The data arrives amid interest rate hikes and strong job gains.
The data, which measures gross domestic product for three months ending in March, will offer a snapshot of economic activity over a period that brought job and stock market gains but also a banking meltdown on a scale last seen in the 2008 financial crisis.
The economy is expected to have grown at a 1.1% annualized rate over the first three months of 2023, according to a forecast updated by the Atlanta Federal Reserve on Wednesday.
The forecast would mark a slowdown from a 2.6% annualized growth rate over the final three months of 2022. In turn, that performance marked a downshift from 3.2% growth in the previous quarter.
The widely anticipated measure arrives at a sensitive moment for the U.S. economy.
Over the last year, the Federal Reserve has imposed an aggressive string of interest rate hikes last seen in the 1980s.
The policy aims to slash inflation, but risks slowing the economy and bringing about a recession.
So far, the approach has succeeded in cooling price hikes, but fallen short of the Fed’s goal.
Consumer prices rose 5% last month compared to a year ago, extending a monthslong slowdown of price increases, but leaving inflation more than double the target rate of 2%.
Meanwhile, a variety of measures suggest that economic performance remains robust, but has slowed in recent months.
The U.S. added 236,000 jobs in March, which marks strong job growth, but a reduction from an average of 334,000 jobs added each month over the previous six months, according to government data released last week.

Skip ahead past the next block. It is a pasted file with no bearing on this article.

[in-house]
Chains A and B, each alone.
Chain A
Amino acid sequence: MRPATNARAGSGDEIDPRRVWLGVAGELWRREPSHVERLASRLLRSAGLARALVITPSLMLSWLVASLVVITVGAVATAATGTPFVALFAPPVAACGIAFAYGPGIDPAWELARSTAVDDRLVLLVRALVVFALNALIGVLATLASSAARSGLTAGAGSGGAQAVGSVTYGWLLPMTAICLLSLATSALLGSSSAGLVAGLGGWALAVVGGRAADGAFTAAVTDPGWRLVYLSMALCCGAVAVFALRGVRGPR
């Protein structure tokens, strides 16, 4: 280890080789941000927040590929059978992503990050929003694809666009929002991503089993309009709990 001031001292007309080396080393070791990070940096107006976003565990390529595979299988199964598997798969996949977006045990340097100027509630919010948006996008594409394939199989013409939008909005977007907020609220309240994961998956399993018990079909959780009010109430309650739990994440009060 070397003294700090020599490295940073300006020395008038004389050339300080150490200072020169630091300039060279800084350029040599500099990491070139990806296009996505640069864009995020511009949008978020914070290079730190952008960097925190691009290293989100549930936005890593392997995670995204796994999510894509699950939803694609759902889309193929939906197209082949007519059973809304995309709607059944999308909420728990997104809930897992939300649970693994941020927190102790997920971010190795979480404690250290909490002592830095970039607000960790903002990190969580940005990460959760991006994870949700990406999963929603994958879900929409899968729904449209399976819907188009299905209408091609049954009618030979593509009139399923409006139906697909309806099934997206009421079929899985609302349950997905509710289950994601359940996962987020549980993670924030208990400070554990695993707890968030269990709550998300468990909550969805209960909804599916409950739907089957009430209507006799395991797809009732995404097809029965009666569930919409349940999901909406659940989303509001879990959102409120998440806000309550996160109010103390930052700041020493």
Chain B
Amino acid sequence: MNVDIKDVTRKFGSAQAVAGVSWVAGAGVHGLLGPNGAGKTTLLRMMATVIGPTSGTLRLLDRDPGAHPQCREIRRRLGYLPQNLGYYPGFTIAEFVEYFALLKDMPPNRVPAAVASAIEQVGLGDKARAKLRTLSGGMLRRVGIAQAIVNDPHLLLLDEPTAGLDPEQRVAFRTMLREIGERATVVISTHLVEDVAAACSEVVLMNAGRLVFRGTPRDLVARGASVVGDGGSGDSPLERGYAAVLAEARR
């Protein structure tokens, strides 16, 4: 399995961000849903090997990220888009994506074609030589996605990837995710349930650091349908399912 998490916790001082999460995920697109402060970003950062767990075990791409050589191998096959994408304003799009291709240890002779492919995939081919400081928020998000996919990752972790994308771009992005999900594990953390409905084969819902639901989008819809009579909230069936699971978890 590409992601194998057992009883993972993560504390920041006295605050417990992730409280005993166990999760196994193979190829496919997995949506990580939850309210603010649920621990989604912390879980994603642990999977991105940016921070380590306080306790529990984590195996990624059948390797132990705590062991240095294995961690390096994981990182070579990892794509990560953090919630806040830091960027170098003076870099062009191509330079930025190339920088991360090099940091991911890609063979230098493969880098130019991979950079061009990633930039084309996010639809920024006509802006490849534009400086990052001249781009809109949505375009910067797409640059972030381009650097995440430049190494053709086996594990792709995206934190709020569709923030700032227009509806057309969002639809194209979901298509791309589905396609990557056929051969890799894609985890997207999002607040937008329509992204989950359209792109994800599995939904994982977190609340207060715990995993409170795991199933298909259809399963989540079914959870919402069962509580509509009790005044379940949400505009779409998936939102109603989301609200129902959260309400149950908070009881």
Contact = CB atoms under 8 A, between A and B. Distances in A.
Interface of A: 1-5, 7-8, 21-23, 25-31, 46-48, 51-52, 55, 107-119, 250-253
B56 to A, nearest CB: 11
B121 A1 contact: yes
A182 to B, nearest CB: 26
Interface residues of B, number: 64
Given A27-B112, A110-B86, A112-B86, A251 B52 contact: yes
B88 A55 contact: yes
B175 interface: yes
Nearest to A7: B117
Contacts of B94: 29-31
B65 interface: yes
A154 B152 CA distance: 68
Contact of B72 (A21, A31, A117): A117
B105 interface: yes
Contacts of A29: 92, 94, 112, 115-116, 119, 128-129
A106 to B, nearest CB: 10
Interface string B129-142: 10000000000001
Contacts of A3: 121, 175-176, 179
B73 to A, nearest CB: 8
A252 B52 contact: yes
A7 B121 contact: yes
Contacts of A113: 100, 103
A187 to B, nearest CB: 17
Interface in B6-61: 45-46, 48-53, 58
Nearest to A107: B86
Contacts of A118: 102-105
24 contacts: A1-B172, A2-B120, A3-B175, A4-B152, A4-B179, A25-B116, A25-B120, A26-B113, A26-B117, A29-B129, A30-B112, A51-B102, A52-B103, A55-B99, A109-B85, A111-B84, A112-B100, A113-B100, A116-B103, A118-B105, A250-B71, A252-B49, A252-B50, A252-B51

Meanwhile, U.S. retail sales fell moderately in February but remained solid, suggesting that households still retain some pandemic-era savings.
Still, the economy remains under threat of a recession.
Fed economists said in March that they anticipate a “mild” recession later this year, escalating a previous forecast, central bank meeting minutes showed.
Sixty-five percent of economists expect a recession within the next year, according to a Bloomberg survey last month.
Many observers define a recession through the shorthand metric of two consecutive quarters of decline in inflation-adjusted GDP.
The National Bureau of Economic Research, or NBER, a research organization seen as an authority on measuring economic performance, uses a more complicated definition that takes into account several indicators that must convey “a significant decline in economic activity spread across the economy, lasting more than a few months,” the group says.
This definition determines whether a downturn is formally designated as a recession, since the NBER is the official arbiter on the subject.